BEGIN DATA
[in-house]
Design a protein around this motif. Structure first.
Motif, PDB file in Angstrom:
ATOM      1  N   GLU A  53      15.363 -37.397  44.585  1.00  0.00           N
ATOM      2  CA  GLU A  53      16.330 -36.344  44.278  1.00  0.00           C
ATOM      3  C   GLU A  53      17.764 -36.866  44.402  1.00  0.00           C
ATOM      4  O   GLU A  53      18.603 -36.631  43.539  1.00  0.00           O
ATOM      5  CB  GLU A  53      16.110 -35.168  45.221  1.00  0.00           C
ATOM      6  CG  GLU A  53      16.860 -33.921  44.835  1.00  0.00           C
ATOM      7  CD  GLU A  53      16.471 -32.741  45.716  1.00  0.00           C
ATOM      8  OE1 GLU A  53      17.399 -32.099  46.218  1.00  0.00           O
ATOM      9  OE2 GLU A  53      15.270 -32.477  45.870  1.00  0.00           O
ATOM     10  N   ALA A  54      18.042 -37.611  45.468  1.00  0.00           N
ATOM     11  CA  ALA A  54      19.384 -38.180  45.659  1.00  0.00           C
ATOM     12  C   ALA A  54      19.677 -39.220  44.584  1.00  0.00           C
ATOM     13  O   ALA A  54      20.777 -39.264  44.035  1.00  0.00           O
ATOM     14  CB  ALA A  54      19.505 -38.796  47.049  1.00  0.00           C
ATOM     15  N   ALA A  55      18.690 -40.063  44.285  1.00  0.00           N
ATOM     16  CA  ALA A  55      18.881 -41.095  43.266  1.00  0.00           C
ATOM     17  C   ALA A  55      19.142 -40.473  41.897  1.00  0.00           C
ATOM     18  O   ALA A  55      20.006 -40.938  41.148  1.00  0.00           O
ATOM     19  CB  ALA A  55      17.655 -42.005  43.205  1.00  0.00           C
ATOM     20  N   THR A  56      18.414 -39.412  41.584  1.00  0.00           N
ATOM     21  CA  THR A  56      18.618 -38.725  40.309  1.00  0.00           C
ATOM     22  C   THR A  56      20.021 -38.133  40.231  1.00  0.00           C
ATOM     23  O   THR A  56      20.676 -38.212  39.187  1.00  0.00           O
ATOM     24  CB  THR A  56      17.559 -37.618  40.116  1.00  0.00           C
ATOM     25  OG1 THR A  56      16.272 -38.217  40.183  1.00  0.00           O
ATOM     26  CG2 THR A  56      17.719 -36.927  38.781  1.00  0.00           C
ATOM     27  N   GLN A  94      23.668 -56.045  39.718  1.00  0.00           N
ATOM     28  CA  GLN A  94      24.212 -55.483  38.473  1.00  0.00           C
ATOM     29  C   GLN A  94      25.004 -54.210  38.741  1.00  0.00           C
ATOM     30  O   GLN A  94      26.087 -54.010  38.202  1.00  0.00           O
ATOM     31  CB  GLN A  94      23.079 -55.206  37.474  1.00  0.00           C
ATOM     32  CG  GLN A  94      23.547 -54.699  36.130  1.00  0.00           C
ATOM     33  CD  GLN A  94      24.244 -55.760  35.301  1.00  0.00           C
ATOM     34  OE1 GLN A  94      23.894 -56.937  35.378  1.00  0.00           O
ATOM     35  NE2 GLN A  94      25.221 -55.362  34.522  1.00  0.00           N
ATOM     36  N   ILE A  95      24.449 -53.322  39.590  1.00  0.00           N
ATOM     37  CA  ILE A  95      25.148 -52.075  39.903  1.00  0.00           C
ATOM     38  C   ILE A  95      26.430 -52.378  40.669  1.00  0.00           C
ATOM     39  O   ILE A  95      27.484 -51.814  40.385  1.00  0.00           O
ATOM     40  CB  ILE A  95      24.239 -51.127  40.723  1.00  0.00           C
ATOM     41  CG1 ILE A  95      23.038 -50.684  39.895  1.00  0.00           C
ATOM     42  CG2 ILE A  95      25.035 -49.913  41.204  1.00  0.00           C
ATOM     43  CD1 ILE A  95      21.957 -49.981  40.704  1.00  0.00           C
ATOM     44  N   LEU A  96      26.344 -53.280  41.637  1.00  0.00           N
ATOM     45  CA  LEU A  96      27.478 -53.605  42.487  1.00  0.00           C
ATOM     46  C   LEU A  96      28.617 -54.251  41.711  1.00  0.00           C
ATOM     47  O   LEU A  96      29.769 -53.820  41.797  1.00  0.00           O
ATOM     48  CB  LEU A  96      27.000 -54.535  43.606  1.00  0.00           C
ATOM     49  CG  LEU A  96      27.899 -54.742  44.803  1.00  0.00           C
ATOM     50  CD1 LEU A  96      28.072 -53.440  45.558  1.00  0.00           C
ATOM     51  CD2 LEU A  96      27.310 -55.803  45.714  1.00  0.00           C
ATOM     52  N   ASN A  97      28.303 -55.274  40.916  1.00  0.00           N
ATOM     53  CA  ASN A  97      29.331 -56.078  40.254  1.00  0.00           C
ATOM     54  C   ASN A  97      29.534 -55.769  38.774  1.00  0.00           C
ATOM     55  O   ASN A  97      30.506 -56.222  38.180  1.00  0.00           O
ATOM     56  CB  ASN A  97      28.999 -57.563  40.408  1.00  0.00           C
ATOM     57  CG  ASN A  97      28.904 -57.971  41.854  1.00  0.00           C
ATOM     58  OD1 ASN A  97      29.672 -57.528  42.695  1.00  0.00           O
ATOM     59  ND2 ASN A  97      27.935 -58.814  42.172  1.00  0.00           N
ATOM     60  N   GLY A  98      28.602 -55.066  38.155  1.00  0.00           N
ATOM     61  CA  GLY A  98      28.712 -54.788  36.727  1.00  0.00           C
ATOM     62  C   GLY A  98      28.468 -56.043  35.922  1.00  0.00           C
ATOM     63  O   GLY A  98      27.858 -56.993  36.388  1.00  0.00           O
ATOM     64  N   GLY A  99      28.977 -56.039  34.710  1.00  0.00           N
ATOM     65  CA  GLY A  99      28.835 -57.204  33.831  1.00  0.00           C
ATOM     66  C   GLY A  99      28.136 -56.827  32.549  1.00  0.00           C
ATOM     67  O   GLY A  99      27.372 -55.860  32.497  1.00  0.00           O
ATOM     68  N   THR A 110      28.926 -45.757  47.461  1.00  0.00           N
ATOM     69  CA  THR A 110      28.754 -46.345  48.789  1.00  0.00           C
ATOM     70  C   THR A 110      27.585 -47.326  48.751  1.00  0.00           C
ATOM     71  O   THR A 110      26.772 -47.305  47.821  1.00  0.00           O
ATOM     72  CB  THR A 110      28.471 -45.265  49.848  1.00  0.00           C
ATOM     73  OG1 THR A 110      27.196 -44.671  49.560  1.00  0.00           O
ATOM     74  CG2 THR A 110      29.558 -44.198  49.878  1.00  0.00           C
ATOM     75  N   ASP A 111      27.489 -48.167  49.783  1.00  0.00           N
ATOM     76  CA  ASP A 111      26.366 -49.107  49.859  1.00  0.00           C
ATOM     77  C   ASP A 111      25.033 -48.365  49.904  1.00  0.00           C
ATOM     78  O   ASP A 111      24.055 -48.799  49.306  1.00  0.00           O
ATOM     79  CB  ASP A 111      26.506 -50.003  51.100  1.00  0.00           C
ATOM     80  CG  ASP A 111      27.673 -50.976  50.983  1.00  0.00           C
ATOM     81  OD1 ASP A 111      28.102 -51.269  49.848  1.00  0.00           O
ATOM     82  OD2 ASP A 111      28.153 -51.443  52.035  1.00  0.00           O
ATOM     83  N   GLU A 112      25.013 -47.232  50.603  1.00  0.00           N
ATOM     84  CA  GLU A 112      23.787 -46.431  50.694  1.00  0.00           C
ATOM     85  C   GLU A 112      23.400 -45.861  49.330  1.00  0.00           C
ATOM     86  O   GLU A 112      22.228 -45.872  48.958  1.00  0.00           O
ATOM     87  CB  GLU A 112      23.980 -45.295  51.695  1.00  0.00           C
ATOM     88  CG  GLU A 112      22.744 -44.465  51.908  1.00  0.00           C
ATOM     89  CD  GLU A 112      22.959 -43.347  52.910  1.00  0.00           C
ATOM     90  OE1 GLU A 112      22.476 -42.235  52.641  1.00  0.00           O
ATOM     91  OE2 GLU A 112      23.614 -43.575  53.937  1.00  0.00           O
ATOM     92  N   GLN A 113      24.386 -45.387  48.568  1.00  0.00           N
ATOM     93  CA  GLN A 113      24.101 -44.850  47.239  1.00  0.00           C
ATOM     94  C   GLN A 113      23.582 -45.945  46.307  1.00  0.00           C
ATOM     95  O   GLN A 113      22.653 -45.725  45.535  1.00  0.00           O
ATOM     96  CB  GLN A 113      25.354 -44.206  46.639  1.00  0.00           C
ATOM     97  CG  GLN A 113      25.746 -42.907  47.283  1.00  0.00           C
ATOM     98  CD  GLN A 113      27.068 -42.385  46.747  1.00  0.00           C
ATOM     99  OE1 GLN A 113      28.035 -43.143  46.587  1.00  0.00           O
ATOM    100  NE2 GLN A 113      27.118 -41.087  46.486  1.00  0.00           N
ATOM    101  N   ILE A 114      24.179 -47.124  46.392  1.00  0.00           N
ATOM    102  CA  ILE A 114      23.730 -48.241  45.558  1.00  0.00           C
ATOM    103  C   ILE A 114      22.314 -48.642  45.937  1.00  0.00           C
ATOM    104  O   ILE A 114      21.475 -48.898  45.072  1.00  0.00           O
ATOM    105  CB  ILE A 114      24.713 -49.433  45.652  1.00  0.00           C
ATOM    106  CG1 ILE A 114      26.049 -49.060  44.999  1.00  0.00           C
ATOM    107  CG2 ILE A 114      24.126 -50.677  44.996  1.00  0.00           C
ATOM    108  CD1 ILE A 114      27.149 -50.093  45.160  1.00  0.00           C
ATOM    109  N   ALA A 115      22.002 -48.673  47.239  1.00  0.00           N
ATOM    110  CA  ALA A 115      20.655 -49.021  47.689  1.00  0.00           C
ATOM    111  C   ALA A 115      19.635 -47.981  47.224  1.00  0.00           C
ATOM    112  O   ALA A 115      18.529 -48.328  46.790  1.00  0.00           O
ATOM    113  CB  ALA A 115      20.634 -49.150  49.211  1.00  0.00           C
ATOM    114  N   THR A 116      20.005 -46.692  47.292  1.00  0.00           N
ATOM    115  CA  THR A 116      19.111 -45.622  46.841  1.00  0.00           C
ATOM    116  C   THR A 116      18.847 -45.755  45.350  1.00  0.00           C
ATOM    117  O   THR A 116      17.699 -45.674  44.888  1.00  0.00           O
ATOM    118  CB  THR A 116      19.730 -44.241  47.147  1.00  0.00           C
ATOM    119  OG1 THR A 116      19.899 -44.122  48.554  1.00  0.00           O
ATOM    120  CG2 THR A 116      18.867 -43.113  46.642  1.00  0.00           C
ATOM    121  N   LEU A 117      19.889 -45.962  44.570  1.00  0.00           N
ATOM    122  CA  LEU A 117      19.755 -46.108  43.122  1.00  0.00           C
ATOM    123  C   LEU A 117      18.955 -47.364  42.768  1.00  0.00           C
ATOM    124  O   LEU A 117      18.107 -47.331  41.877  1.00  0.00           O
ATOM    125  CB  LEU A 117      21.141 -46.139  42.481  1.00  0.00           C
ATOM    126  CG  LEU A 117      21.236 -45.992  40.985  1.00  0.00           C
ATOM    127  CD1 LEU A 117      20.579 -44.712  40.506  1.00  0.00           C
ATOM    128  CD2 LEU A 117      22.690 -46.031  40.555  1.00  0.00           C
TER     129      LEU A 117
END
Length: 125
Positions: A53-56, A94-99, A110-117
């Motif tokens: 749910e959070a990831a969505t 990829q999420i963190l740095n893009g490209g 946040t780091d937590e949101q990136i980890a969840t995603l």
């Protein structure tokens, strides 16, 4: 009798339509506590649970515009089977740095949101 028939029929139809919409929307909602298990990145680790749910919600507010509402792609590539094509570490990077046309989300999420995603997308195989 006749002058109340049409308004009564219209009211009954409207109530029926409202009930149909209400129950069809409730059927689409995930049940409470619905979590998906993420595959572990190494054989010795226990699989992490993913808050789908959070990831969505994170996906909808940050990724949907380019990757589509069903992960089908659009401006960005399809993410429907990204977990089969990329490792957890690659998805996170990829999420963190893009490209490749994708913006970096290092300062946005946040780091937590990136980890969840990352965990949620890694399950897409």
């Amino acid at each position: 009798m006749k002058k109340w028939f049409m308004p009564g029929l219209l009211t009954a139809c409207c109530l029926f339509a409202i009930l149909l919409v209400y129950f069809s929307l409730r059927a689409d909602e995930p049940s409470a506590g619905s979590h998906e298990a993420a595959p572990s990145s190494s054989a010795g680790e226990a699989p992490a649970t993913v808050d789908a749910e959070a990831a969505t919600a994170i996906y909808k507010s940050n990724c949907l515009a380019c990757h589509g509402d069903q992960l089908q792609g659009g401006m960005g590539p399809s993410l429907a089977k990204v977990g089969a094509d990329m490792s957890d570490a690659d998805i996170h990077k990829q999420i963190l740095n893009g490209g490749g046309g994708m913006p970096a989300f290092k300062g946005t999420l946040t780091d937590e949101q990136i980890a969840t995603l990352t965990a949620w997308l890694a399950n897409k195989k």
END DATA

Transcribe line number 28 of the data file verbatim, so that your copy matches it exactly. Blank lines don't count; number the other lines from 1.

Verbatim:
ATOM     25  OG1 THR A  56      16.272 -38.217  40.183  1.00  0.00           O